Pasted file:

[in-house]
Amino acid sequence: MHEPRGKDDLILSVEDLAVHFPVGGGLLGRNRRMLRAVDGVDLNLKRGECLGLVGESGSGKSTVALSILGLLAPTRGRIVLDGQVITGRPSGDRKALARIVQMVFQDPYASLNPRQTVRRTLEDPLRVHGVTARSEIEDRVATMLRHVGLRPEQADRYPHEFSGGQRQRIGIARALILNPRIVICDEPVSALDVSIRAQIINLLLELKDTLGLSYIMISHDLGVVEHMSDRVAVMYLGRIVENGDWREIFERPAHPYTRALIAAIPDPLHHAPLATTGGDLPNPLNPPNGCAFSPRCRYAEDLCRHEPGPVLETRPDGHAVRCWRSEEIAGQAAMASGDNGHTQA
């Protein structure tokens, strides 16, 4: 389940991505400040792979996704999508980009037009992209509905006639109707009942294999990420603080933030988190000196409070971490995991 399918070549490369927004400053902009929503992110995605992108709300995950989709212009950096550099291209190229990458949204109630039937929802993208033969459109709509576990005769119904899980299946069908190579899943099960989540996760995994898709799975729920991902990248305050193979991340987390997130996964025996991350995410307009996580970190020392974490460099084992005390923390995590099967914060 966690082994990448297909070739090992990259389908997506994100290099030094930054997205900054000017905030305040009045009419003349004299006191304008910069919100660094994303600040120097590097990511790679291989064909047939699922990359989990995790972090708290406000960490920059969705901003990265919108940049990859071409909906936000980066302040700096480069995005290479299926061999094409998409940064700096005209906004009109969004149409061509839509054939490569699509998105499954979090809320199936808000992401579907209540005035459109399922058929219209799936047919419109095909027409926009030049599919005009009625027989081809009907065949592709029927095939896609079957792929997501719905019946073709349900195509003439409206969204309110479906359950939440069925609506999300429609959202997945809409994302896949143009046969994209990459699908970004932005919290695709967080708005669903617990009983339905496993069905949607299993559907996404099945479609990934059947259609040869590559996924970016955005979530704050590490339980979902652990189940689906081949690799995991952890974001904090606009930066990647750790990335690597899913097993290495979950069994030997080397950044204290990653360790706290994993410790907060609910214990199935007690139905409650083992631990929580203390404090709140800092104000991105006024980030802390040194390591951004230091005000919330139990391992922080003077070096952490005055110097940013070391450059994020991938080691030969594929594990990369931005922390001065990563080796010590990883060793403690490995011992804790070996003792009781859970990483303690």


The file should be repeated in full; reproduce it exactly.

[in-house]
Amino acid sequence: MHEPRGKDDLILSVEDLAVHFPVGGGLLGRNRRMLRAVDGVDLNLKRGECLGLVGESGSGKSTVALSILGLLAPTRGRIVLDGQVITGRPSGDRKALARIVQMVFQDPYASLNPRQTVRRTLEDPLRVHGVTARSEIEDRVATMLRHVGLRPEQADRYPHEFSGGQRQRIGIARALILNPRIVICDEPVSALDVSIRAQIINLLLELKDTLGLSYIMISHDLGVVEHMSDRVAVMYLGRIVENGDWREIFERPAHPYTRALIAAIPDPLHHAPLATTGGDLPNPLNPPNGCAFSPRCRYAEDLCRHEPGPVLETRPDGHAVRCWRSEEIAGQAAMASGDNGHTQA
């Protein structure tokens, strides 16, 4: 389940991505400040792979996704999508980009037009992209509905006639109707009942294999990420603080933030988190000196409070971490995991 399918070549490369927004400053902009929503992110995605992108709300995950989709212009950096550099291209190229990458949204109630039937929802993208033969459109709509576990005769119904899980299946069908190579899943099960989540996760995994898709799975729920991902990248305050193979991340987390997130996964025996991350995410307009996580970190020392974490460099084992005390923390995590099967914060 966690082994990448297909070739090992990259389908997506994100290099030094930054997205900054000017905030305040009045009419003349004299006191304008910069919100660094994303600040120097590097990511790679291989064909047939699922990359989990995790972090708290406000960490920059969705901003990265919108940049990859071409909906936000980066302040700096480069995005290479299926061999094409998409940064700096005209906004009109969004149409061509839509054939490569699509998105499954979090809320199936808000992401579907209540005035459109399922058929219209799936047919419109095909027409926009030049599919005009009625027989081809009907065949592709029927095939896609079957792929997501719905019946073709349900195509003439409206969204309110479906359950939440069925609506999300429609959202997945809409994302896949143009046969994209990459699908970004932005919290695709967080708005669903617990009983339905496993069905949607299993559907996404099945479609990934059947259609040869590559996924970016955005979530704050590490339980979902652990189940689906081949690799995991952890974001904090606009930066990647750790990335690597899913097993290495979950069994030997080397950044204290990653360790706290994993410790907060609910214990199935007690139905409650083992631990929580203390404090709140800092104000991105006024980030802390040194390591951004230091005000919330139990391992922080003077070096952490005055110097940013070391450059994020991938080691030969594929594990990369931005922390001065990563080796010590990883060793403690490995011992804790070996003792009781859970990483303690």